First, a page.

News Release

Keeping apples fresh using clay films

Long-term food storage technology may help address potential food crises

Peer-Reviewed Publication

National Institute for Materials Science, Japan

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image: Extent of decay in apples treated with clay film and cling wrap view more 

Credit: Miharu Eguchi National Institute for Materials Science

   An international research team consisting of NIMS, The University of Queensland and National Taiwan University has succeeded in creating a clay film with its gas permeability optimized for long-term storage of fresh produce by adjusting the sizes of the clay nanosheet particles comprising it. The team then uniformly coated the surfaces of various fruits with the film. This treatment kept the fruits’ respiration rates low without completely depriving them of oxygen, preventing them from decaying.


   Efforts have been made to develop gas barrier films using clay nanosheets. Although some researchers attempted to improve the film properties of clay nanosheets by adding organic polymers to them, films can also be formed using only clay nanosheets without additives. Only a few studies had previously evaluated the physical properties of clay films composed solely of clay nanosheets.


   This international joint research team focused on the gas permeability of clay films and found that a film composed of clay nanosheets with particle sizes in the range of several dozen nanometers (1 nm = one millionth of 1 mm) had relatively high permeability to gas molecules as they can pass through gaps between particles. This gas permeability is equivalent to that of plastic bags with minute pores used to store fresh produce. These bags are able to adequately reduce oxygen supply to fresh fruit, preventing it from ripening too rapidly. The gas permeability similarities between the clay film and the plastic bags inspired the research team to assess the ability of the clay film to preserve the quality of fresh produce for long periods of time.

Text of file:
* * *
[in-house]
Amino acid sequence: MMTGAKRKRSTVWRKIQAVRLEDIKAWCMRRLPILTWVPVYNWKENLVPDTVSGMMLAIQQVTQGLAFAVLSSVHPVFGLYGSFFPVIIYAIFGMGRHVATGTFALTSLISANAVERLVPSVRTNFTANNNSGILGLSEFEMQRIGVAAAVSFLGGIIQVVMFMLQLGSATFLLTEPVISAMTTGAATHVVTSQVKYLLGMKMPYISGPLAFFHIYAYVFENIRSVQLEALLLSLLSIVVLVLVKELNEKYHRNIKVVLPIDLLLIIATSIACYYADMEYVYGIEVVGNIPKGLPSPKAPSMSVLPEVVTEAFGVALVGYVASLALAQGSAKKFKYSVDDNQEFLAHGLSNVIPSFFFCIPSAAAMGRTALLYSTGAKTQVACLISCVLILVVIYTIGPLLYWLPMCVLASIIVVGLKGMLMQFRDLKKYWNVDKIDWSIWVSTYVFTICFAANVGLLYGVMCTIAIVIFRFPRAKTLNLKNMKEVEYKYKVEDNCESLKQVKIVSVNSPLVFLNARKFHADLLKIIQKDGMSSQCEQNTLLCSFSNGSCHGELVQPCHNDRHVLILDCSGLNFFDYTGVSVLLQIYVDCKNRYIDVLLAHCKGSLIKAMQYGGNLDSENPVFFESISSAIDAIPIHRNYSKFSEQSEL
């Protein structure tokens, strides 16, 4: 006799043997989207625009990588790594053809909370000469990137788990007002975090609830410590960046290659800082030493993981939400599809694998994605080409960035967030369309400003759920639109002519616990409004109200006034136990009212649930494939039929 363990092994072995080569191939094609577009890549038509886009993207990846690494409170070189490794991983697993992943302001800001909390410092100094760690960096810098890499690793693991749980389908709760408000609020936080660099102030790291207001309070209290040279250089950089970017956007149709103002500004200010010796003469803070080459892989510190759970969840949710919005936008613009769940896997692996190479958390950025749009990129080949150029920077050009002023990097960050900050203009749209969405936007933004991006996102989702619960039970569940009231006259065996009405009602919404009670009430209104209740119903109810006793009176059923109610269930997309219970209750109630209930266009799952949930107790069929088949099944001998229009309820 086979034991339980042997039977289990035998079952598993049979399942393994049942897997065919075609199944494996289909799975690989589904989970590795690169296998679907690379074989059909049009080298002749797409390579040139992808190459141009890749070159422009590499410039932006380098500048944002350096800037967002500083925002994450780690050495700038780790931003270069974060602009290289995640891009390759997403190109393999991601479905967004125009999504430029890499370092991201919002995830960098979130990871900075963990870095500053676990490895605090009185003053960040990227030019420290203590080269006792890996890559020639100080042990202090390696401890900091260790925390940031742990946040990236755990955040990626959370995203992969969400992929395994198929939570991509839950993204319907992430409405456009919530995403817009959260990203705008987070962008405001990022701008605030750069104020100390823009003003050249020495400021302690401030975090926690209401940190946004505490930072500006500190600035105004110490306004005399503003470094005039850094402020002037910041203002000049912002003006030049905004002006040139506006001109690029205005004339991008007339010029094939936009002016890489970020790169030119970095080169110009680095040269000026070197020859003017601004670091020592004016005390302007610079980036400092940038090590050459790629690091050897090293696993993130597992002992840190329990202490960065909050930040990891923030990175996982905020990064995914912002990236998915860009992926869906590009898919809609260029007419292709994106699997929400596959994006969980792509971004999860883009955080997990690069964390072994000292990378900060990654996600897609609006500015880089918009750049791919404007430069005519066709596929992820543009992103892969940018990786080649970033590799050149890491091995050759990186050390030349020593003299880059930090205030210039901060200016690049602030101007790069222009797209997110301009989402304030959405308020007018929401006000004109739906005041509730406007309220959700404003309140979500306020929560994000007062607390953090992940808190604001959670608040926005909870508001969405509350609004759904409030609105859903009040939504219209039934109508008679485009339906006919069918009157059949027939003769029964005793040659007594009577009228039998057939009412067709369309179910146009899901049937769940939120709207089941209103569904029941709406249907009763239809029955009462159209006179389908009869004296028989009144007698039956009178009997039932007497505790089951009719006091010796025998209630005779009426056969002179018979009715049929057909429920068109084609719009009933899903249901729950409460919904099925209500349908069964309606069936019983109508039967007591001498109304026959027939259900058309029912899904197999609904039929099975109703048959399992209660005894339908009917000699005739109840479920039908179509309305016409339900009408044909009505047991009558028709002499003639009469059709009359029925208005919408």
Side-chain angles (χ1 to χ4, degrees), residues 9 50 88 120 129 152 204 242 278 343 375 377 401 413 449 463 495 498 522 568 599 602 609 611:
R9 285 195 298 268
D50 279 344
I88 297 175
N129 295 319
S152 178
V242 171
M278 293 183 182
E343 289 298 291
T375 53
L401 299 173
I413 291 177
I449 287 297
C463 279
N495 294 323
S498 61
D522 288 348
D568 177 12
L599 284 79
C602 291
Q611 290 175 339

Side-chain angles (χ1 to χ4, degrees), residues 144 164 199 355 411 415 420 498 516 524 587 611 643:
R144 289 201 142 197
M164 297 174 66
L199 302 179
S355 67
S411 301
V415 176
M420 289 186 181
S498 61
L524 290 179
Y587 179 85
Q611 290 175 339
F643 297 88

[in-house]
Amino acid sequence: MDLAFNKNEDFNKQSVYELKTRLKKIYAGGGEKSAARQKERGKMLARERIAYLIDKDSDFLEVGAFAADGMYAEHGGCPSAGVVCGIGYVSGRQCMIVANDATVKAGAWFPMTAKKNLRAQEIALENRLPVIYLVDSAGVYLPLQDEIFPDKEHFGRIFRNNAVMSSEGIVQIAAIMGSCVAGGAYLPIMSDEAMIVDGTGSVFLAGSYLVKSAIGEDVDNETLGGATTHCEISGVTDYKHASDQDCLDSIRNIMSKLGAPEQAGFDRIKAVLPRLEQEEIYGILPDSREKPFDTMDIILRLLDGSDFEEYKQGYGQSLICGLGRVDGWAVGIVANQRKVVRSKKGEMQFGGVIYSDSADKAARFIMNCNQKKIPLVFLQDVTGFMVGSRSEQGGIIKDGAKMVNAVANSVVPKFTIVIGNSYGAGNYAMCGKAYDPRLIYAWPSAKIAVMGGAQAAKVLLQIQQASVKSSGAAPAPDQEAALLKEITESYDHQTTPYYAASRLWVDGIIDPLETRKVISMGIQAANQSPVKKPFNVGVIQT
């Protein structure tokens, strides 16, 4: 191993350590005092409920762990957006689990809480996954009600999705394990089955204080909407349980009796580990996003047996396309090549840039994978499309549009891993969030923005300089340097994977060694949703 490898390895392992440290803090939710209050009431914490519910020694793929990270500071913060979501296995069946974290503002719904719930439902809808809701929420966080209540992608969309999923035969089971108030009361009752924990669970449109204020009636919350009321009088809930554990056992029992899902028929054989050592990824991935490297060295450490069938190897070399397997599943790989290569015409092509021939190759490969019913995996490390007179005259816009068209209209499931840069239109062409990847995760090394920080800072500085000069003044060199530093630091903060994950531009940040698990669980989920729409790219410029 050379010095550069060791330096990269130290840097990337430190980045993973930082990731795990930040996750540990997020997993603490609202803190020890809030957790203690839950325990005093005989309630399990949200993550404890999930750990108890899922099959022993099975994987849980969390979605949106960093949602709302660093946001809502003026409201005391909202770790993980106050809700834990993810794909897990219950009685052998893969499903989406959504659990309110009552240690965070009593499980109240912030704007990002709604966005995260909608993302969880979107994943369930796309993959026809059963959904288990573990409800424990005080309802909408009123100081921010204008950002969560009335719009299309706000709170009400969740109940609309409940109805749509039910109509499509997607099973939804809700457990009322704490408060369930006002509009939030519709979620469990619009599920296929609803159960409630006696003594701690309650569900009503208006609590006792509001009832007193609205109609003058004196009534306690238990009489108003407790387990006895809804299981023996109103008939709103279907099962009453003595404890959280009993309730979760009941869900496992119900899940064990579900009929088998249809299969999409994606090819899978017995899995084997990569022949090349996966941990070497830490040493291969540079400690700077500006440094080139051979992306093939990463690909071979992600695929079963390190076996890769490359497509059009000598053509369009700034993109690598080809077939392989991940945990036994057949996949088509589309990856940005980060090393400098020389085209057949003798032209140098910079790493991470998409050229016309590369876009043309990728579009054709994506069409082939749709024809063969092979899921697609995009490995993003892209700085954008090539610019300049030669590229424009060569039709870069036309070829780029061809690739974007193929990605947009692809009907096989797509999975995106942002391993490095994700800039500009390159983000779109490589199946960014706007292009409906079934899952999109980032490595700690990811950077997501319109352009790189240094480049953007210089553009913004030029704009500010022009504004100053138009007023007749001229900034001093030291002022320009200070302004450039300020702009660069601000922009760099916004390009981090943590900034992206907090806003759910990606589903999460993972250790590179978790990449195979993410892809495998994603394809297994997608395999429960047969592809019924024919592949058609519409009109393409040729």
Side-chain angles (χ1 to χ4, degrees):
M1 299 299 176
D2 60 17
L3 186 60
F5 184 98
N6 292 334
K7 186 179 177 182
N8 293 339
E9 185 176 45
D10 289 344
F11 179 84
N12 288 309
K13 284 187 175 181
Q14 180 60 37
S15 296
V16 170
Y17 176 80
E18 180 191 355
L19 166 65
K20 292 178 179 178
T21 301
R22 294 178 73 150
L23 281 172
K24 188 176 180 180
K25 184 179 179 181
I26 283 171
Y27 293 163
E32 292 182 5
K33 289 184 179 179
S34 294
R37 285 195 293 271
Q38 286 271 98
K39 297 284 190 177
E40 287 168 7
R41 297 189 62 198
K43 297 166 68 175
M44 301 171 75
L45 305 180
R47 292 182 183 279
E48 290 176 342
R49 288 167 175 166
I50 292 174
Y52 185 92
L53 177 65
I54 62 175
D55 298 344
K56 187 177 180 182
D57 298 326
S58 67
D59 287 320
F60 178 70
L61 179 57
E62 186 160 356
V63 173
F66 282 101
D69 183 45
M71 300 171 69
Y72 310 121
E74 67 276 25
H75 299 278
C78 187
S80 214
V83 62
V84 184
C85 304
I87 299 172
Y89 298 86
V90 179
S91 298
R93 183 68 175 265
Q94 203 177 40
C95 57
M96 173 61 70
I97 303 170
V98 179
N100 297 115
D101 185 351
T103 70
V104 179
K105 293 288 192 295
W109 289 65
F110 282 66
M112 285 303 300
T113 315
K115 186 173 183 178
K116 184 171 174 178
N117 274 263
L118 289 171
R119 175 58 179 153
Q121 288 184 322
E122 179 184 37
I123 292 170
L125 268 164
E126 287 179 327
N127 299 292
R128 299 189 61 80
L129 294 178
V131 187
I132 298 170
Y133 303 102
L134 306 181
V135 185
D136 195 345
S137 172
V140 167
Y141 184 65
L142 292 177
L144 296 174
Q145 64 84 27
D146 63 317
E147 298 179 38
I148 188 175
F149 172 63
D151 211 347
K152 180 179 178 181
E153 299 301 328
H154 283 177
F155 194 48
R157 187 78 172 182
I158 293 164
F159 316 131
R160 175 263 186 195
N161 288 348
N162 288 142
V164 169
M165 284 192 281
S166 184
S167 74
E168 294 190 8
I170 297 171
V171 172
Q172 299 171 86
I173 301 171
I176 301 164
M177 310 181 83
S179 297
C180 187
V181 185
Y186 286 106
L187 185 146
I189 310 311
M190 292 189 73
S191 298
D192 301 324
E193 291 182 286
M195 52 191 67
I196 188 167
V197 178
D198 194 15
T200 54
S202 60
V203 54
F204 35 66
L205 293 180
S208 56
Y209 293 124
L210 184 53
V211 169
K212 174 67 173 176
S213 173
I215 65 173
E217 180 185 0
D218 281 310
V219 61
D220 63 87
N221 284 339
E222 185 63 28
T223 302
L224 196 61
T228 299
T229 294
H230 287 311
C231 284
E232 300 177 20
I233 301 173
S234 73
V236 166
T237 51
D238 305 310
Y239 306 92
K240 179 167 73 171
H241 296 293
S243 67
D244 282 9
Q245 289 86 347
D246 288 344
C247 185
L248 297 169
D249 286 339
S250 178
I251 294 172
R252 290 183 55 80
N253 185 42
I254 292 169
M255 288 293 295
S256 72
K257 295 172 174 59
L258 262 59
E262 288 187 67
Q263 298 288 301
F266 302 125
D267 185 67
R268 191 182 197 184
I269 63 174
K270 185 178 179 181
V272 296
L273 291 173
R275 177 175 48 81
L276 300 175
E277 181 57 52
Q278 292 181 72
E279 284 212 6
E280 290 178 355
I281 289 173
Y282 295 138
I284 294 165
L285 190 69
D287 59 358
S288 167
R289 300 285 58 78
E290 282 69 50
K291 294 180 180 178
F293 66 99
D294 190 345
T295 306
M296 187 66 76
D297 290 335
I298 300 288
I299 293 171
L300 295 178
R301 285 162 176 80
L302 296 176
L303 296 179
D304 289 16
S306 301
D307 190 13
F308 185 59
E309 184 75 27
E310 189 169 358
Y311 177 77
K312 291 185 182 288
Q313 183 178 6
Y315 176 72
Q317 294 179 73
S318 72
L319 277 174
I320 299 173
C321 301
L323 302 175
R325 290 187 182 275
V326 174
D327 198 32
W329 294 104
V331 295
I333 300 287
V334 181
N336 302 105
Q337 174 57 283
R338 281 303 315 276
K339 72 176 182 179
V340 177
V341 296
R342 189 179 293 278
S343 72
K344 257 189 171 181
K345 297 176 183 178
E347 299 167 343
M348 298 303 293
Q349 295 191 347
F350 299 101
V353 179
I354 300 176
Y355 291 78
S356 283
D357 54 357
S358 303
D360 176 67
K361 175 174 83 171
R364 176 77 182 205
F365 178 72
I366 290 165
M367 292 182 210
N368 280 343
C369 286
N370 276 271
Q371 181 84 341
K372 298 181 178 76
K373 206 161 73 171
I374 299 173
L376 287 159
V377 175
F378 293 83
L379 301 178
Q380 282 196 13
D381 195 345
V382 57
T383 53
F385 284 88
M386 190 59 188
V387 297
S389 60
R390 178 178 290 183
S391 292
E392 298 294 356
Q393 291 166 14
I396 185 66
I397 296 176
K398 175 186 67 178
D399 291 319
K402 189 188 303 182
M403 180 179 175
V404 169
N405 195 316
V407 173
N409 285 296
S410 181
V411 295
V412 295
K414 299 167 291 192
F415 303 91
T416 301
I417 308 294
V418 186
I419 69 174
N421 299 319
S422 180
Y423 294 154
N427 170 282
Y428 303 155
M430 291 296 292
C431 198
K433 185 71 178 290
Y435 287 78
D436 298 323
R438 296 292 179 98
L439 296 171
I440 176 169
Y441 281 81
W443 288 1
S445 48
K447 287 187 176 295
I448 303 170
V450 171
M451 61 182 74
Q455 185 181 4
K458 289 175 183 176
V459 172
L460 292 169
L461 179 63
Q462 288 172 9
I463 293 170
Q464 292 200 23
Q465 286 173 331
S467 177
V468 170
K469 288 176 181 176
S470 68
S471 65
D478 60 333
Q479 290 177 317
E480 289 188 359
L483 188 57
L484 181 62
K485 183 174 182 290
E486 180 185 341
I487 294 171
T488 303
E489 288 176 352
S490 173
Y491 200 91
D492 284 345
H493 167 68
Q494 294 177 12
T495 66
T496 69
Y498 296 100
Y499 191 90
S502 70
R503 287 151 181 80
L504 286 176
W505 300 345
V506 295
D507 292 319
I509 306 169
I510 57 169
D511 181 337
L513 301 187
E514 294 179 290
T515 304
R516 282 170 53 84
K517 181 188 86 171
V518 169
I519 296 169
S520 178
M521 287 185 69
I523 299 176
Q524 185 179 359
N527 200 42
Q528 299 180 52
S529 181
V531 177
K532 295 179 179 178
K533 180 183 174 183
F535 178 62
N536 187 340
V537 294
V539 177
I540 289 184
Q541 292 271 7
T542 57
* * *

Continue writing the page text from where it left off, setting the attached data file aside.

In this research, the team applied a suspension of clay nanosheets to the surfaces of various fruits (e.g., apples, bananas and oranges) to form uniform films on their surfaces. The team also prepared untreated fruits and fruits covered in cling wrap for comparison. The gas emissions and appearance of these treated and untreated fruits were monitored for several months. As shown in the figure below, the untreated apples (the first photo from the left) had decayed by the end of the experimental period and the apples covered only in cling wrap (the fourth photo from the left) had also decayed and grown mold. By contrast, the apples coated with the clay film (the two middle photos) did not decay or grew mold, presumably because the film reduced the external oxygen supply needed for ripening and mold growth. In addition, the clay film was confirmed to be in tight contact with the surfaces of the apples it coated, suggesting that it may be able to effectively block the diffusion of ethylene into the air, a phytohormone which plays an important role in inducing fruit ripening.


   In addition to its potential ability to restrict the external oxygen supply and ethylene diffusion, the clay film may be able to prevent odor compounds produced by fresh produce from diffusing into the air, possibly making them less attractive to pests. In future research, the team plans to improve the ease of application and strength of the clay film to make it more suitable for preserving the quality of fresh produce during its transportation to the market.


   This project was carried out by an international joint research team consisting of Miharu Eguchi (Senior Researcher, Mesoscale Materials Chemistry Group, International Center for Materials Nanoarchitectonics, NIMS) and researchers from The University of Queensland and National Taiwan University. This work was supported in part by  JST-ERATO Yamauchi Materials Space-Tectonics Project.




   This research was published in Journal of Materials Chemistry A (the January 28, 2022 issue, pp. 1956-1964).

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